If you asked me right now to name my favourite Star Wars film, my answer, without hesitation would be Episode VII: The Force Awakens. It’s the funniest of the Star Wars films, it has likeable, charismatic, well-drawn characters, and it carries on the overwrought intergenerational Skywalker saga in a satisfying way.
Plenty of people dismissed it as a remake of the original Star Wars film. Which it was, of course. But we hadn’t had a remake of the original Star Wars since 1999, and we hadn’t had a good remake since 1983. So 2015 needed a new remake of Star Wars to relaunch a the new series of films and to remind us that Star Wars isn’t just about bored actors sitting listlessly on couches talking about trade embargoes.
More than that, though. After nearly forty years of Star Wars films and spinoffs, The Force Awakens understands what it’s doing in a way that the original Star Wars really doesn’t.
I’m in Bari right now, on a ferry romantically named the SuperFast II. I’m about to head over to Patras in Greece. It’s the second time I’ve done this.
The first time was in 2008, my last long service leave. That time, Bari was not fun. My train arrived late, I had just over an hour to get to the ferry, I didn’t know where the ferry left from, I had a crummy paper map, and I got completely lost in the narrow and slippery lanes of the old city. And it was probably raining. I remember being getting incredibly angry and flustered, which was a thing that happened a lot on that particular trip.
This time, I booked a hotel for a night. So, when the train arrived late, I just needed to walk a few blocks drop off my luggage and then go out for dinner. Totally relaxed. After dinner, I wandered down to the water and around the old city. On the way back, I found a nice bar and had a glass of a noxious liqueur called pugliese. It was nice.
I didn’t need to check in for the ferry until 5:30 in the afternoon. I couldn’t find anything pressing to do, so I explored the streets of Bari, got a beard trim, had lunch in the old city, found the seaside and wandered around there for a while. I ended up finding somewhere to sit and read for a couple of hours.
I’ve said this before here: at the start of this trip, I had only a few concrete plans. I had a hotel booked for the first couple of days in London, a flight booked to Amsterdam, another hotel booked for my last couple of nights in Athens, and then a flight from Athens to Bangkok at Christmas. (Thanks, Calvin.) I also wanted to stay in Sorrento for a while. But everything else was open. I could go anywhere or do anything.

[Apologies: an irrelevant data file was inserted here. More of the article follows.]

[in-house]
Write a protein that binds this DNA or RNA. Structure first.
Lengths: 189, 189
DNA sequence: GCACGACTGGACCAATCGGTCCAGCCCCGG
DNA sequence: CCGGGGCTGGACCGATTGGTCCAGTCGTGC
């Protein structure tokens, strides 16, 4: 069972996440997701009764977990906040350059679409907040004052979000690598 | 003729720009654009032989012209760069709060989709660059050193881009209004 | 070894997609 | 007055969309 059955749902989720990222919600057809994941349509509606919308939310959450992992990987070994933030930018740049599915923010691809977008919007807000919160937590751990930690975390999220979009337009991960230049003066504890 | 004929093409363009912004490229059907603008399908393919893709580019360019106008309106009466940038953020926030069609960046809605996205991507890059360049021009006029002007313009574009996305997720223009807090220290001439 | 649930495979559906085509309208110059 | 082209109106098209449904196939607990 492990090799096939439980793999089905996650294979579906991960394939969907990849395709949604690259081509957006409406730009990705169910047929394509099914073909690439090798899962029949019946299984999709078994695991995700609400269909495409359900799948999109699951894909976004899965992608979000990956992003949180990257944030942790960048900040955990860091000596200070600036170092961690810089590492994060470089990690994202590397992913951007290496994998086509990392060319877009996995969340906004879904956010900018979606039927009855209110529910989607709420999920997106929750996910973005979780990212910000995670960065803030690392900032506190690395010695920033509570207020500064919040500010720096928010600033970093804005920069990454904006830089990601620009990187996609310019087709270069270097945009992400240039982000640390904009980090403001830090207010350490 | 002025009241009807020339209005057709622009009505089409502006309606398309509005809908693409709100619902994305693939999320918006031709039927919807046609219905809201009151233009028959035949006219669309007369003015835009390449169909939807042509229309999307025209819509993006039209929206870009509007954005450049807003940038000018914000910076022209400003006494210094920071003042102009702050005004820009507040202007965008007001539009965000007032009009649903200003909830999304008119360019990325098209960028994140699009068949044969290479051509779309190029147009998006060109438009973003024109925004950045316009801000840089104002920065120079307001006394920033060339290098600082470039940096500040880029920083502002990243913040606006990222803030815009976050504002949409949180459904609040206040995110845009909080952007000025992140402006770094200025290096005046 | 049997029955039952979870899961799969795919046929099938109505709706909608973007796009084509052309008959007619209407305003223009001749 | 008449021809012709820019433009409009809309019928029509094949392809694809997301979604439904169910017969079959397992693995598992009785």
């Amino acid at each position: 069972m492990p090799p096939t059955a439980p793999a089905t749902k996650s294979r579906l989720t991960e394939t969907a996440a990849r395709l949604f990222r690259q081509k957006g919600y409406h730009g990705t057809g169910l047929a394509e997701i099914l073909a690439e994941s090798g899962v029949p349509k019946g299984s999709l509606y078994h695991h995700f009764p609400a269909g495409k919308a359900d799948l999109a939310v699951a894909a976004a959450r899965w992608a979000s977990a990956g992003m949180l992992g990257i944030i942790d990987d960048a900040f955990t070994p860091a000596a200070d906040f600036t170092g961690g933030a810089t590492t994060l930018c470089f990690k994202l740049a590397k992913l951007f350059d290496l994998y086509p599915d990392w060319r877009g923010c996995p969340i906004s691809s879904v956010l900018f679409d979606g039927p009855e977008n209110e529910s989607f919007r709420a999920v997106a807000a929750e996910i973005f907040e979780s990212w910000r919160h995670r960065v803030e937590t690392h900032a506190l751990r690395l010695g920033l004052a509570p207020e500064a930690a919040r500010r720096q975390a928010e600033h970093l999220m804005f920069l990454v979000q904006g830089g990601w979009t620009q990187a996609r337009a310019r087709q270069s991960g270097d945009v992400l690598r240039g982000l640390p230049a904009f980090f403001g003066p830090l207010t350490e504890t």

And yet, this trip has pretty much been a remake of my last long service leave. Last time I explored the south of France a bit more and only stayed in Italy for just over a week. But otherwise, the itinerary has been the same.
It would be easy to be disappointed with myself. I’ve still never been to Spain or Portugal. I didn’t go to Budapest or Trogir. Most of my time has been spent in places I’ve seen before.
But I just don’t care. I explored lots of new places in Sicily and Greece on the Classics Trip in June. I’m meeting Calvin after Christmas: we’ll be visiting Cambodia and Laos, adding two more countries to the growing list of places I’ve visited in South-East Asia.
And this trip has been so easy and pleasant. Most of my train trips have been about two hours long; none of them have been longer than four hours. I’ve enjoyed seeing familiar places, and finding out new things about them, and having new things to do. Venice, Naples, Sirmione and Antibes were all great. And I’m more relaxed and well-rested than I have ever been, I think.
I’ll be staying in Patras for two nights. I don’t know anything about Patras, except that there’s a cinema there called the Odeon, where Star Wars — Episode VIII is screening in English. I plan to watch it at least twice. I’ll let you know after that whether it’s my new favourite.